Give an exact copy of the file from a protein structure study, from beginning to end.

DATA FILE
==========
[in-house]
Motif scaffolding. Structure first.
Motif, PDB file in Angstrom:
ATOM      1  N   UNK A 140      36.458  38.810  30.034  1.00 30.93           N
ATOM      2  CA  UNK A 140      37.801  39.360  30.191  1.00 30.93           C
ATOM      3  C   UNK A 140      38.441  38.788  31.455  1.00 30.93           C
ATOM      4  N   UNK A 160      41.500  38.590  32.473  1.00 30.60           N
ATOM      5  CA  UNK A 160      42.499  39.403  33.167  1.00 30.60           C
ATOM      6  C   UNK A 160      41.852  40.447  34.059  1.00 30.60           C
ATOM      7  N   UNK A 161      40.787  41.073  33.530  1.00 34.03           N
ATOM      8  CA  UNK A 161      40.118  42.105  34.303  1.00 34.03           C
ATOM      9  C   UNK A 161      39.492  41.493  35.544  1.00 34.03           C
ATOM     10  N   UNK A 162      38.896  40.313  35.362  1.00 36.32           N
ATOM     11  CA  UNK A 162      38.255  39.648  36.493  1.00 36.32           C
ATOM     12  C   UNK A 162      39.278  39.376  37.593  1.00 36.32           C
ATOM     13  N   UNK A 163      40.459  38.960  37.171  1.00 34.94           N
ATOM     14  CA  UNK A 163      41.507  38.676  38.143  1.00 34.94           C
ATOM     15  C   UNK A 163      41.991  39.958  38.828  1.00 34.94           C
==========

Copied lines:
[in-house]
Motif scaffolding. Structure first.
Motif, PDB file in Angstrom:
ATOM      1  N   UNK A 140      36.458  38.810  30.034  1.00 30.93           N
ATOM      2  CA  UNK A 140      37.801  39.360  30.191  1.00 30.93           C
ATOM      3  C   UNK A 140      38.441  38.788  31.455  1.00 30.93           C
ATOM      4  N   UNK A 160      41.500  38.590  32.473  1.00 30.60           N
ATOM      5  CA  UNK A 160      42.499  39.403  33.167  1.00 30.60           C
ATOM      6  C   UNK A 160      41.852  40.447  34.059  1.00 30.60           C
ATOM      7  N   UNK A 161      40.787  41.073  33.530  1.00 34.03           N
ATOM      8  CA  UNK A 161      40.118  42.105  34.303  1.00 34.03           C
ATOM      9  C   UNK A 161      39.492  41.493  35.544  1.00 34.03           C
ATOM     10  N   UNK A 162      38.896  40.313  35.362  1.00 36.32           N
ATOM     11  CA  UNK A 162      38.255  39.648  36.493  1.00 36.32           C
ATOM     12  C   UNK A 162      39.278  39.376  37.593  1.00 36.32           C
ATOM     13  N   UNK A 163      40.459  38.960  37.171  1.00 34.94           N
ATOM     14  CA  UNK A 163      41.507  38.676  38.143  1.00 34.94           C
ATOM     15  C   UNK A 163      41.991  39.958  38.828  1.00 34.94           C